I have his last pack, the only thing I bought at the auction. It will probably never happen, but I like to think that someday it will complete the journey that was interrupted at the Connecticut River years ago.
Randy it sounds like you two had some quality time together. It is so sad that when someone passes all their things are just scattered throughout the world and nothing is left but memories. At least you have one precious memento from his wonderful life
Matt ledford

Rushville, IN

#9 Oct 16, 2010
The unsuspecting stranger, have better know the truth of wrong from right.
Elizabeth Kuhn

Memphis, TN

#10 Feb 24, 2011
Johnny Walker was my great grandfather. I wish I had known him better. I was probably ten years old the last time I saw him. His widow, Winnie, passed away this morning, and it set me to looking up more information about them both. Is there anyone who could point me toward more information about them? I would especially like to know more about their younger days, and their relationship/marriage, and their interests, what they liked to do for fun. Obviousely Great Grandpa loved to hike, but that was late in his life. I know he had a grocery store for a while, but not much else. I got to see the farm a few times, but I was too young to ask these questions, then. Any help would be appreciated.:-)
Randy Johnson wrote:
That painting brings back fond memories.
I first met Johnny Walker through Bob Lines. Johnny had hiked all of the Jenny Wiley Trail in eastern Kentucky and was contemplating a hike of the Appalachian Trail. He wanted my advice on the gear he was taking. I gave it. He ignored one of the more important pieces,(Ditch that huge bag of coffee and replace it with high-calorie food) and as a result got more than a little hungry on his first hike.
His approach to hiking the AT was one used by many other hikers as well; section hiking. Instead of trying to do the whole thing at once, section hikers spread an end to end hike over several years, usually hiking a week or two at a time. Johnny took his first step on the AT at its southern terminus on Springer Mountain in Georgia when he was 76 years old. I’m not sure how old he was when age and family concerns finally made him give up on his quest, but by that time he had made it as far as New Hampshire.
I hiked a few days with Johnny, covering the section from Carvers Gap in Tennessee’s Roan Mountain State Park, to Hampton, TN. I did uphills faster than he did, he downhills faster than I did, and we both did generally level sections at the same speed. Somewhere, I have a picture of Johnny making the climb out of Yellow Mountain Gap on the TN/NC line. Below him a small farmstead is visible. The only building remaining today is the barn which has been converted to a nice, and extremely large, trail shelter. The area around the farmstead was used for location shooting of an old Kurt Russell movie, Winter People.
But back to the painting.
I loved that house. Until the place was sold, and the contents auctioned off, I had always thought the bookcases - and there were many - were built in. I was really surprised to see them standing free the day of the auction. There are two buildings with weathered siding shown to the right of the painting. As I remember it, the closest one was the building Johnny referred to as his “pouting shed”. It had a nice stone fireplace. Among the décor was a spinning wheel that was 18th or early 19th century. The day of the auction I looked inside and noticed Johnny’s first pack, in poor condition, lying over in one corner.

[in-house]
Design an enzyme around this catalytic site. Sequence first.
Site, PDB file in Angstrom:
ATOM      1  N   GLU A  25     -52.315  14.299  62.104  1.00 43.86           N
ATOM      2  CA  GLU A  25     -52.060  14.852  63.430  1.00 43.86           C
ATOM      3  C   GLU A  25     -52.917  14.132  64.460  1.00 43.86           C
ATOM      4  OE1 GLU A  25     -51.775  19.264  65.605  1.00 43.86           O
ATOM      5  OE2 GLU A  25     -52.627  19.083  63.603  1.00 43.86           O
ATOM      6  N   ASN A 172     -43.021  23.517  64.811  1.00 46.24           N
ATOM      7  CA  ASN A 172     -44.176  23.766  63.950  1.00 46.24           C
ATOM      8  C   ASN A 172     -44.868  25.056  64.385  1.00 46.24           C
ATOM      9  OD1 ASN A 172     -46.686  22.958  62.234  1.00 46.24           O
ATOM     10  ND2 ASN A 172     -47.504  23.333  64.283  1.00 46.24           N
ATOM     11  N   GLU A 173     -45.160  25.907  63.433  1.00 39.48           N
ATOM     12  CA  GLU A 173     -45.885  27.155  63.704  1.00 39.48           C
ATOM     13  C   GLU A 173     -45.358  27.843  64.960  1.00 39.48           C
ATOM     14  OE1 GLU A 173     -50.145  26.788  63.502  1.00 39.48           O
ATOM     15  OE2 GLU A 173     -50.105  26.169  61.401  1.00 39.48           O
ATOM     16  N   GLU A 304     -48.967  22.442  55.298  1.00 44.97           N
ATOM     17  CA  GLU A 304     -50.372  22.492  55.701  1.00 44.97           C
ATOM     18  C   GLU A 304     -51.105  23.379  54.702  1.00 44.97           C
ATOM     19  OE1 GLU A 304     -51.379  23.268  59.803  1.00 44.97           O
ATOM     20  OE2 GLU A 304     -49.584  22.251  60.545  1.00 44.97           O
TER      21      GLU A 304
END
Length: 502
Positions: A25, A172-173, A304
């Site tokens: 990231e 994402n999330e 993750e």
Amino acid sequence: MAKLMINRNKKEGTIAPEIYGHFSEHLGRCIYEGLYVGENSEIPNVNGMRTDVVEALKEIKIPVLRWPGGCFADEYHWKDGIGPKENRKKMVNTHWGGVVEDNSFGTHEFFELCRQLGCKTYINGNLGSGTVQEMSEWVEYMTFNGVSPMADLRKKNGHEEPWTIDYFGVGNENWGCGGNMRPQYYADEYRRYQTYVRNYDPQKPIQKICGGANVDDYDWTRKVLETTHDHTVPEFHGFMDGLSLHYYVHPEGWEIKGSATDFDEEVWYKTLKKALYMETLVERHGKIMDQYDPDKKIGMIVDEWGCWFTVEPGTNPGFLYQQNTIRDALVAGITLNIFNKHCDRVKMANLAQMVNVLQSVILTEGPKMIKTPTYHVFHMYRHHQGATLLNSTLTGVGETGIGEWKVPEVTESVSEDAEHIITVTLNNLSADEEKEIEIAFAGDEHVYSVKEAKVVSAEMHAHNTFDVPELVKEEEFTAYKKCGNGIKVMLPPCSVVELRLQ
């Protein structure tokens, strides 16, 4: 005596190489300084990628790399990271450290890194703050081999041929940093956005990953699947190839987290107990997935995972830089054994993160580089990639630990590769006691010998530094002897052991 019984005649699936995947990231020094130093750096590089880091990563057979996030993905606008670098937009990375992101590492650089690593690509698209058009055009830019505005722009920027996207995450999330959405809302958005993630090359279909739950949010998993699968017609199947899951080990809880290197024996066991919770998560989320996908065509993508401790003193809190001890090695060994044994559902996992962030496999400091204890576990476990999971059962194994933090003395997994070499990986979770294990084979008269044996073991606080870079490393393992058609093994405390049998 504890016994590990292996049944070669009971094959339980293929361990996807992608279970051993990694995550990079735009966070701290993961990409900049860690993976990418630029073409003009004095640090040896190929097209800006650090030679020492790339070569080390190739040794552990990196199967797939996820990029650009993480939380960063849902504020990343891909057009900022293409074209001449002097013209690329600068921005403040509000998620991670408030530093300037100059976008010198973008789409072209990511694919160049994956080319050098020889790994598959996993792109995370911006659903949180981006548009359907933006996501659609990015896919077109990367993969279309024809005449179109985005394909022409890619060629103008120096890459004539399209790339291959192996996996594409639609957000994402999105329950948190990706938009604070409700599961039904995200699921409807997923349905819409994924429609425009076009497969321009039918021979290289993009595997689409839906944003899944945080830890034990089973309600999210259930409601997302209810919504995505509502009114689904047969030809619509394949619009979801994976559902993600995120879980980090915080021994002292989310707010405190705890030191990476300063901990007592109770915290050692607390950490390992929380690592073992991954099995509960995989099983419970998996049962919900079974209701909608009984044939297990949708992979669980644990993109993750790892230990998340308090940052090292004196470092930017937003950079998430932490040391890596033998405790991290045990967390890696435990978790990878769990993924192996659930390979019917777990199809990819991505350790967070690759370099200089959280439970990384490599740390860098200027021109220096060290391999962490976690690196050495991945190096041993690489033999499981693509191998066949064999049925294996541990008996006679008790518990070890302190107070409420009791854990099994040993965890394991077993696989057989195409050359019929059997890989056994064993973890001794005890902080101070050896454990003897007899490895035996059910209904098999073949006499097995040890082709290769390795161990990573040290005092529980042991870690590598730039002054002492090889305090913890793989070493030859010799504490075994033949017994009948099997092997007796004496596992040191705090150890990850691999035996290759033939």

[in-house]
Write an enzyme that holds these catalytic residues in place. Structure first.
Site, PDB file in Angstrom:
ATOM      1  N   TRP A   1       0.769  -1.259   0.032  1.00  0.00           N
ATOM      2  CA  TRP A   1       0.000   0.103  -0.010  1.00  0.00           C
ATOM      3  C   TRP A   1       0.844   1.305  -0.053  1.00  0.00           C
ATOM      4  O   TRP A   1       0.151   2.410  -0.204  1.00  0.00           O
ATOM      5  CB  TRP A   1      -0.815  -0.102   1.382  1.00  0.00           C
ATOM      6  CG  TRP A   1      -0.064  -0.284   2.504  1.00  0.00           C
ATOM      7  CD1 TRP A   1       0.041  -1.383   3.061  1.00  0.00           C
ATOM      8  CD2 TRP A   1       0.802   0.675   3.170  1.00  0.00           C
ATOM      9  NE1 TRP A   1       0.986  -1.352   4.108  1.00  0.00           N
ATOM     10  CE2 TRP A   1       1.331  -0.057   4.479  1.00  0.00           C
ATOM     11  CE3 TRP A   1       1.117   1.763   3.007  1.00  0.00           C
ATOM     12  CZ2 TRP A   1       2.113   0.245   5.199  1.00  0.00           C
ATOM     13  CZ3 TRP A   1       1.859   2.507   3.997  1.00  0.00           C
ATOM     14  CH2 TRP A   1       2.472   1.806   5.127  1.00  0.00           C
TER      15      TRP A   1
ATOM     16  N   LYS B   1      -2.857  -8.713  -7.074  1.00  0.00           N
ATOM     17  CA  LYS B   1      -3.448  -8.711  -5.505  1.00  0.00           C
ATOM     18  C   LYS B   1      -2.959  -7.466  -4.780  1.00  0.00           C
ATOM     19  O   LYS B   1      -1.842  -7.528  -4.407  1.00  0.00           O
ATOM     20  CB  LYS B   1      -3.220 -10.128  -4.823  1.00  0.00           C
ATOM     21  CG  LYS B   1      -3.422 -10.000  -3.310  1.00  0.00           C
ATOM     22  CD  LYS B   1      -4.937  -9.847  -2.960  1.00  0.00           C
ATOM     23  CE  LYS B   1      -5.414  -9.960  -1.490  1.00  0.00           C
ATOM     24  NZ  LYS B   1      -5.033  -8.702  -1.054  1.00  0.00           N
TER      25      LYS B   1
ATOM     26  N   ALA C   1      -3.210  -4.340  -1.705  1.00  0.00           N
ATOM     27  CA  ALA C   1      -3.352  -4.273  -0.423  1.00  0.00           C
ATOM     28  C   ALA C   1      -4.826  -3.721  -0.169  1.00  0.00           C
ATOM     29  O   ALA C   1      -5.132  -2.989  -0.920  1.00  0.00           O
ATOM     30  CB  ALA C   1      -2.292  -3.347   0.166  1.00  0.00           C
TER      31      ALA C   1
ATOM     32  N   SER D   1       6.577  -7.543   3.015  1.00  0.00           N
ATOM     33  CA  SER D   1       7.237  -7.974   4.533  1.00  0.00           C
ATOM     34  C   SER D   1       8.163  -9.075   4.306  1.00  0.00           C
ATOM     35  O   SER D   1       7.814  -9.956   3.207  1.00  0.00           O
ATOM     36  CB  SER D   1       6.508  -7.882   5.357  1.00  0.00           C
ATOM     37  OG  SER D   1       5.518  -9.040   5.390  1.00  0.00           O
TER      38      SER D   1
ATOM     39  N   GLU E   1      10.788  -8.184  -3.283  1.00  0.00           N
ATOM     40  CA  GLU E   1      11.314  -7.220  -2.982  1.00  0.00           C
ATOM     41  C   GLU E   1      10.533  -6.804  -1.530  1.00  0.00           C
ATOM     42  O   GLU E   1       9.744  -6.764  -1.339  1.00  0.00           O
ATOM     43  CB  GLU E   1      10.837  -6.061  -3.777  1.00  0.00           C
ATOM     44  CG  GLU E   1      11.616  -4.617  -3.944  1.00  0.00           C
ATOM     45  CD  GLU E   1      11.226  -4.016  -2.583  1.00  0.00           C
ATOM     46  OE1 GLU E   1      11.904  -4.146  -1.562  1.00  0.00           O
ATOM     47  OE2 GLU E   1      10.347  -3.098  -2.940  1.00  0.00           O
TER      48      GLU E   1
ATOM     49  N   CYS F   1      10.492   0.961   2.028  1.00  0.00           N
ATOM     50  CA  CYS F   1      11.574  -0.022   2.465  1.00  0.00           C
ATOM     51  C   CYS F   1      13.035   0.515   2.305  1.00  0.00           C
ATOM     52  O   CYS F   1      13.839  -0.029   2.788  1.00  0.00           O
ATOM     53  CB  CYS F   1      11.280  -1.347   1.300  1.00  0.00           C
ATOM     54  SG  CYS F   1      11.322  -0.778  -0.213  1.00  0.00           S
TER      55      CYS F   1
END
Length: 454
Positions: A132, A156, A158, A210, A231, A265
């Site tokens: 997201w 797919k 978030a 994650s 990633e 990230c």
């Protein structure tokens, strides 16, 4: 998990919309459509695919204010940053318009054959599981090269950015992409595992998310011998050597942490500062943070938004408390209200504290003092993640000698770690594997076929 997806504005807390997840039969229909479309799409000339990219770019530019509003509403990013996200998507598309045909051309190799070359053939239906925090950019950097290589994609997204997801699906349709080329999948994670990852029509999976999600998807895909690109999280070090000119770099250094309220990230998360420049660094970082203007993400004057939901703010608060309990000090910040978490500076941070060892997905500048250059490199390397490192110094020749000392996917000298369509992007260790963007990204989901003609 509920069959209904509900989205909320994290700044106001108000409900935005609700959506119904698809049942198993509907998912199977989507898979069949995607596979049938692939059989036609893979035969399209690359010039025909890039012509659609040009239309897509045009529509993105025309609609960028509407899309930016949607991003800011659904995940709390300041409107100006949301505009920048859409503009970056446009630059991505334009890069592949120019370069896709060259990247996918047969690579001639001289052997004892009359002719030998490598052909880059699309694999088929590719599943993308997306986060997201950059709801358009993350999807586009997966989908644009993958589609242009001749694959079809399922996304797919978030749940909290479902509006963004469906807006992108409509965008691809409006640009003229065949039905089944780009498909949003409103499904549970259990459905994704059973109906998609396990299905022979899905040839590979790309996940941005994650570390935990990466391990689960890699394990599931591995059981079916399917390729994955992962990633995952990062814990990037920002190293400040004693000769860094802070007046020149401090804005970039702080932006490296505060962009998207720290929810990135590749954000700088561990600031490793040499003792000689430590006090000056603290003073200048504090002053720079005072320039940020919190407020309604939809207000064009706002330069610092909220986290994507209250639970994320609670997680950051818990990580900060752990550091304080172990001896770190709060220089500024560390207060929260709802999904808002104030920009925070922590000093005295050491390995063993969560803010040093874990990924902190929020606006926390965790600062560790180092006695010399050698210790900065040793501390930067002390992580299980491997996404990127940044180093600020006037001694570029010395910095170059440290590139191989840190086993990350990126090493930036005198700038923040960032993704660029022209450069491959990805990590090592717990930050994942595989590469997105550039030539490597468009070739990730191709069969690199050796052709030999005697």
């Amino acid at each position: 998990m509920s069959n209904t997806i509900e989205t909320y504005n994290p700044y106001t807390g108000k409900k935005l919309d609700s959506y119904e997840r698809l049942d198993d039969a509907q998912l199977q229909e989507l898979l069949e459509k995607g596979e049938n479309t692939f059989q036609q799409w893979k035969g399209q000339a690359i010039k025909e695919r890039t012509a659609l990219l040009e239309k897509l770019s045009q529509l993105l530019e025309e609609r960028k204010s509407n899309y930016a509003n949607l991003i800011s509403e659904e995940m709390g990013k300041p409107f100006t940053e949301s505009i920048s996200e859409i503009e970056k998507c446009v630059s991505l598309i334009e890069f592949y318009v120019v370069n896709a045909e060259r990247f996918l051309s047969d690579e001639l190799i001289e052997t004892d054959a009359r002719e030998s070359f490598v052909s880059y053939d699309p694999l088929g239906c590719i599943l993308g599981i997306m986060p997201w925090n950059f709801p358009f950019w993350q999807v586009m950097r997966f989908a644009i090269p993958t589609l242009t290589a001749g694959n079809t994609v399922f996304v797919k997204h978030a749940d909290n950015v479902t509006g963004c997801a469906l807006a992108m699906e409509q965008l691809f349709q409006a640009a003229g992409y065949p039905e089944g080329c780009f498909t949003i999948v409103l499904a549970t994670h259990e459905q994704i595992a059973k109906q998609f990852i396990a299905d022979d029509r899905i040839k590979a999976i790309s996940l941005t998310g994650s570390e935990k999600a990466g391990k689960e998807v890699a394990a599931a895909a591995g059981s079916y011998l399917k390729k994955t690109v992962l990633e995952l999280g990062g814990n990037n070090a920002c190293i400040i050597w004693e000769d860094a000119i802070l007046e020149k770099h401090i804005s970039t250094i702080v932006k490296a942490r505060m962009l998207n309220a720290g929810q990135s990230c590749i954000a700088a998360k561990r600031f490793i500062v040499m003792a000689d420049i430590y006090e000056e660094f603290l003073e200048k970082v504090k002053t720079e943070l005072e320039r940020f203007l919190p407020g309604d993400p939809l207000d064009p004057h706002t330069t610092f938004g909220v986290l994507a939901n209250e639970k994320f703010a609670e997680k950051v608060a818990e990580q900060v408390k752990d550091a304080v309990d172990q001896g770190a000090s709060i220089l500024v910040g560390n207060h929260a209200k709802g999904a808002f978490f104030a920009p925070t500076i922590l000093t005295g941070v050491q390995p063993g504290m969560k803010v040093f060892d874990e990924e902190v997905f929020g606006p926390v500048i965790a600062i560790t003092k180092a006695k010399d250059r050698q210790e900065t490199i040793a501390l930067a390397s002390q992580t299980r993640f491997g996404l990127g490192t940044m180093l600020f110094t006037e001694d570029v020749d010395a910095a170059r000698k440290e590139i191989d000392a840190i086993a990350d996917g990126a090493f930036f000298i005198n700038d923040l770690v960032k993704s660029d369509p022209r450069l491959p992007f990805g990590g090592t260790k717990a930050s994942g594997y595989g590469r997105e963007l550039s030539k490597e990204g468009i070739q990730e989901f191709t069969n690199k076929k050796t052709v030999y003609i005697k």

I have his last pack, the only thing I bought at the auction. It will probably never happen, but I like to think that someday it will complete the journey that was interrupted at the Connecticut River years ago.
Observer

Orange, VA

#11 Feb 24, 2011
So sorry for your loss. I remember my grandmother talking about Johnny, but I cannot remember any details other than the name sure sticks with me for some reason.

Where is that farm, picture, located?
Lynn

Bloomington, IN

#12 Jul 9, 2013
Elizabeth Kuhn wrote:
Johnny Walker was my great grandfather. I wish I had known him better. I was probably ten years old the last time I saw him. His widow, Winnie, passed away this morning, and it set me to looking up more information about them both. Is there anyone who could point me toward more information about them? I would especially like to know more about their younger days, and their relationship/marriage, and their interests, what they liked to do for fun. Obviousely Great Grandpa loved to hike, but that was late in his life. I know he had a grocery store for a while, but not much else. I got to see the farm a few times, but I was too young to ask these questions, then. Any help would be appreciated.:-)
<quoted text>
I know all about John Walker and his life-if you care to e-mail me at [email protected]
Lynn

Bloomington, IN

#13 Jul 9, 2013
Elizabeth Kuhn wrote:
Johnny Walker was my great grandfather. I wish I had known him better. I was probably ten years old the last time I saw him. His widow, Winnie, passed away this morning, and it set me to looking up more information about them both. Is there anyone who could point me toward more information about them? I would especially like to know more about their younger days, and their relationship/marriage, and their interests, what they liked to do for fun. Obviousely Great Grandpa loved to hike, but that was late in his life. I know he had a grocery store for a while, but not much else. I got to see the farm a few times, but I was too young to ask these questions, then. Any help would be appreciated.:-)
<quoted text>
There is a book called Memories of My Grandfather by Cynthia Long that tells all about John Walker's life, marriage, kids, fun etc. You can find the book at Barnes and Nobles or other book stores.